Nothing quite like instant gratification I suppose. Of course you get what you pay for.
I read a lot of SciFi. Actually I read pretty much only SciFi and books that I hope might teach me how to build better systems. Anyway, I read this story once. In it kids would be educated at home by computers and, at some point, they would take a test. The outcome of this test told the kid what they were best suited for. And, in the story, this test was infallible. If the test said you would be best as a garbage man, you would not only be a great garbage man, you would enjoy being a great garbage man.
So in the story there are two boys, friends, and they wish and hope and pray that the test tells them they will be widget fixers (I forget what the widget was). These, of course, were the coolest widgets in the world so working on them is seriously attractive to these guys. They do everything they can to influence the test, reading up on the subject, and various ridiculous things kids do to control something they can't control. Like hanging by your arms so you become taller.
The day of the test arrives and, no surprise, one kid gets what he wanted (widget fixer) and the other one doesn't. In fact the one that doesn't discovers the test says he's really no suited for anything at all. Suffice to say that the first kid, the widget fixer, goes on to be a great widget fixer after having a 10 minute or so bout with RNA shots or something. Until the next model comes along and he discovers he's not changed. Turns out the kid who wasn't suited for anything invented the new and better model.
I'm waiting for some moderately long running tests to complete and I'm surfing, as you do, and I come across this piece of brilliance. Wonderful. If something can't be made to deliver satisfaction in 10 minutes it's pointless. Your software better appeal to the point-and-click set or it won't be adopted and, from the tone I gather doesn't deserve to be either.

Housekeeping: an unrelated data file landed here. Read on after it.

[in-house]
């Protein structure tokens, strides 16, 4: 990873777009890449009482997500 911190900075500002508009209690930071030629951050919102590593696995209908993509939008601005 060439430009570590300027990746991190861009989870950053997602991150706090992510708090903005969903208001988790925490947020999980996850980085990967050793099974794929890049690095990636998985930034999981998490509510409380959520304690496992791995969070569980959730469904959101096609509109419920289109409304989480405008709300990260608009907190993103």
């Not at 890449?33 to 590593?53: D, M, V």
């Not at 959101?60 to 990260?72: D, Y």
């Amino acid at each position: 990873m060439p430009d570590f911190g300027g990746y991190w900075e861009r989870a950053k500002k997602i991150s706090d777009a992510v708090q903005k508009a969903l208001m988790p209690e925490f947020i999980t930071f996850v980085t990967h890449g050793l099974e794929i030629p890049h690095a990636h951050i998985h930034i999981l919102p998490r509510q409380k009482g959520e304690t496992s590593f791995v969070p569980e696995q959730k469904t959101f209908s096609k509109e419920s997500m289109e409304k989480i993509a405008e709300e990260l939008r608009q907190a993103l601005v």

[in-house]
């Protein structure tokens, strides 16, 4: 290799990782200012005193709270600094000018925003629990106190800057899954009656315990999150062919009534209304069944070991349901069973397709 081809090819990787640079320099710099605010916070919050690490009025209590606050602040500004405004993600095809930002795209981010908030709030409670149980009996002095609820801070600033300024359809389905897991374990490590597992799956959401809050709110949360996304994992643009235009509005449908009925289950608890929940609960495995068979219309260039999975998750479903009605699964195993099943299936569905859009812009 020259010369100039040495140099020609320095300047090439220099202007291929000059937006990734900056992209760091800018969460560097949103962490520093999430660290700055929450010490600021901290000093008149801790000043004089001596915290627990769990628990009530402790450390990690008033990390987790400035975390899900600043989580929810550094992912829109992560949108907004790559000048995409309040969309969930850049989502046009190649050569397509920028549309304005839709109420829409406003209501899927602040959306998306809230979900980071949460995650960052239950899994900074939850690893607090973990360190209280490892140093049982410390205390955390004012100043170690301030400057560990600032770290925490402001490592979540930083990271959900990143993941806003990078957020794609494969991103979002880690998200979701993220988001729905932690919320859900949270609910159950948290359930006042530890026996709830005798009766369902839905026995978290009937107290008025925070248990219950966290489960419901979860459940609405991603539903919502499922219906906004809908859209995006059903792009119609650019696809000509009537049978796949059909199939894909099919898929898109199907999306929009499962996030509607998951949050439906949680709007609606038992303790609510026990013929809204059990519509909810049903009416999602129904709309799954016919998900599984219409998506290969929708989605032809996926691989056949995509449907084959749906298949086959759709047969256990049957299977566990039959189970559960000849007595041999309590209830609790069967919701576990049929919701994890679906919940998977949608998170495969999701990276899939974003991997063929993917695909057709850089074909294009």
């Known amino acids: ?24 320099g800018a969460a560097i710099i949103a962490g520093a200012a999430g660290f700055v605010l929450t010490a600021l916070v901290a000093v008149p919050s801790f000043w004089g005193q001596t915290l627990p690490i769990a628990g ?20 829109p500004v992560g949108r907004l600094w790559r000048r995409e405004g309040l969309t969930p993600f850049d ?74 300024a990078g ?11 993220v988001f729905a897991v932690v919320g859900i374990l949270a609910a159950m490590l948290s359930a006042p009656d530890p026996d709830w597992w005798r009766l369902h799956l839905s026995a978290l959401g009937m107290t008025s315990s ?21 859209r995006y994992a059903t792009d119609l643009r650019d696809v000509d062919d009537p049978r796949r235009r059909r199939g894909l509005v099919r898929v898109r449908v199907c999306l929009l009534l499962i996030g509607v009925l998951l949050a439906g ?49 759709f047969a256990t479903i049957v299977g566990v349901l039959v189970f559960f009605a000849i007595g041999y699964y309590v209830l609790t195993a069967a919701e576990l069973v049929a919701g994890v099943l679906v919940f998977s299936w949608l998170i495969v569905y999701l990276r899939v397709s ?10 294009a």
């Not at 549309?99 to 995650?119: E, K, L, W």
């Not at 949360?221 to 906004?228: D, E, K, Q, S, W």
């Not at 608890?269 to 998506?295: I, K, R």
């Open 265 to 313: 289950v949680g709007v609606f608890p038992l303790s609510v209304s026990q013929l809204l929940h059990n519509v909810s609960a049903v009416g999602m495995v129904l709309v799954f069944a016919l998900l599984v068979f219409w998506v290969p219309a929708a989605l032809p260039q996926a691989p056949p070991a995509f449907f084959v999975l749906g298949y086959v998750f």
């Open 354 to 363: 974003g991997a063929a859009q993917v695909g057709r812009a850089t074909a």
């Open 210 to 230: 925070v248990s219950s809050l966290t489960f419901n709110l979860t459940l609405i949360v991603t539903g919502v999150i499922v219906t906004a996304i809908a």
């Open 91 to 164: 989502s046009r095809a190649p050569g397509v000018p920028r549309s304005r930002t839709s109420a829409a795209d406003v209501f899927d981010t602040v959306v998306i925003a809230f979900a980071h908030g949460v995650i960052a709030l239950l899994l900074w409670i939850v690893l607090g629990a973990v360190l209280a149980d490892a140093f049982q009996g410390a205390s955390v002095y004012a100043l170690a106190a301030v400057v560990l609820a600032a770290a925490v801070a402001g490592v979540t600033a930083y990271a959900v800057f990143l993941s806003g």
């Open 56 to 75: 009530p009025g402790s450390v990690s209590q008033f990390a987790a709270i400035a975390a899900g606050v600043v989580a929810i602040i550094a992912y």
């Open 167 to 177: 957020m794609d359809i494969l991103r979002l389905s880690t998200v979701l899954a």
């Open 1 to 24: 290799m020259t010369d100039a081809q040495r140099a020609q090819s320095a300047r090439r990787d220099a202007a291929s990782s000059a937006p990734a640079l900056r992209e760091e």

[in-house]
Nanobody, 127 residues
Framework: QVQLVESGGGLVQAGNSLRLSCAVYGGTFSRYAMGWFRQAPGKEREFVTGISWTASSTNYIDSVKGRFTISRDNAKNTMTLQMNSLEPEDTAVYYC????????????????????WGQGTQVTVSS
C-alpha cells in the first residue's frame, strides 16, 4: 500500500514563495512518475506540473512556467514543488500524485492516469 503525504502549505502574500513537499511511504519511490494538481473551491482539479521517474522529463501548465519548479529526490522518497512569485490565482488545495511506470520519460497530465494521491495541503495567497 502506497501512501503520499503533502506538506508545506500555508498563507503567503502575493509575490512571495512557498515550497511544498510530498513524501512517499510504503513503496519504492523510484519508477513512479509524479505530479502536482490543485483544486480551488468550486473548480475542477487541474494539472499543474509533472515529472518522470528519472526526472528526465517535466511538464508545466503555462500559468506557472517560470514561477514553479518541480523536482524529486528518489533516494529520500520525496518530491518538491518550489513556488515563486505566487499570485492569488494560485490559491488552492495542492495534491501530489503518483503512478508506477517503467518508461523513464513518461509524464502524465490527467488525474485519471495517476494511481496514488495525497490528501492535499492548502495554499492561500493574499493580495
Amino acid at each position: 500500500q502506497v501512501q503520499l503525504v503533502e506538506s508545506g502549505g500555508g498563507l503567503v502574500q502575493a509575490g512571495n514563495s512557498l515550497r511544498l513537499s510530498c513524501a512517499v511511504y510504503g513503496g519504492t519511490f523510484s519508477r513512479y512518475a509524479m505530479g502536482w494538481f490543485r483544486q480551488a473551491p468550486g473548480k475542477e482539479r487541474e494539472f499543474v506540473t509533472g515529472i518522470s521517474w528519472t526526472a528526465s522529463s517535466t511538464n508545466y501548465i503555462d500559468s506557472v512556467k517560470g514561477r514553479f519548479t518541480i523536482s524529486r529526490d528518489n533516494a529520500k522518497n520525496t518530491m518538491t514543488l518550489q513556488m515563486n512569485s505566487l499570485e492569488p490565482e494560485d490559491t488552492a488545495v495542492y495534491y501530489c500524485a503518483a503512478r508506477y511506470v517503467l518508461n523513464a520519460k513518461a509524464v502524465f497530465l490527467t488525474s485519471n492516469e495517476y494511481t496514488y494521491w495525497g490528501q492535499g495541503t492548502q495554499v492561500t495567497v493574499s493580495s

Someone, in comments, mentions that the simple things should be simple and the hard things possible. If you've ever actually built something designed to stay up for much more than a week, to do so without a cadre of admins, something that knows enough to know that the world changes and can somewhat adapt, then guess what? That's hard. And Jini makes it possible. But this isn't really about Jini, it's about something much larger. This entry opened my eyes to the apparent fact that there are technology consumers at many levels. Those who require satisfaction in the requisite 10 minutes will, perhaps, end up building yet another RSS feed reader or something equally well defined. It'll probably be nice and have some slightly cool feature that seems useful at the moment. But the 10 minute crowd (hmm, the MTV crowd?) won't be inventing anything new. None of this group will invent a Java, or substantially do much of anything to change the technology landscape. And I suppose that's fine. As that guy in Caddy Shack said, "How about a Fresca?". No, that's not it. Ah, "The world needs ditch diggers too"
I hope the world is not overly influenced by the 10 minute crowd. I hope that having a blog is not all that's needed to be taken seriously. I hope I can recognize these sorts before they start making far reaching design decisions in systems I work on.
It's funny, I read the story Rick related and I took a different message from it. There are people who will spend a long time to understand and use a complex system, and there are others who, by temperament, may not be suited for that. Who knows? One of them may design a simpler system.
> I'm waiting for some moderately long running tests to > complete and I'm surfing, as you do, and I come across > this piece of brilliance. > Wonderful. If something can't be made to deliver > satisfaction in 10 minutes it's pointless. Your software > better appeal to the point-and-click set or it won't be > adopted and, from the tone I gather doesn't deserve to be > either.
That's my piece of brilliance - thanks. But you're taking what I said the wrong way.
I half expected this sort of reaction; and I want to talk to talk a bit about some implicit assumptions, such as; a) I'm stupid, b) Jini is dealing in a domain that is hard, c) no-one has the right to expect anything hard to be usable.
The thing is that my rant was about *starting* Jini; not about network computing - you're not the first person to decide to get those two matters mixed up. Go back and read what I actually said. The fact is I already know and use Jini. The fact is I know quite a bit about networked computing. But - starting Jini 2.0 is arbitrarily hard. I don't believe for a second this represents something neccessary about the problem domain Jini works in. I think it's just sloppy in much the same way a lot UIs are sloppy - their creators aren't able or willing to to hide what doesn't need to be seen.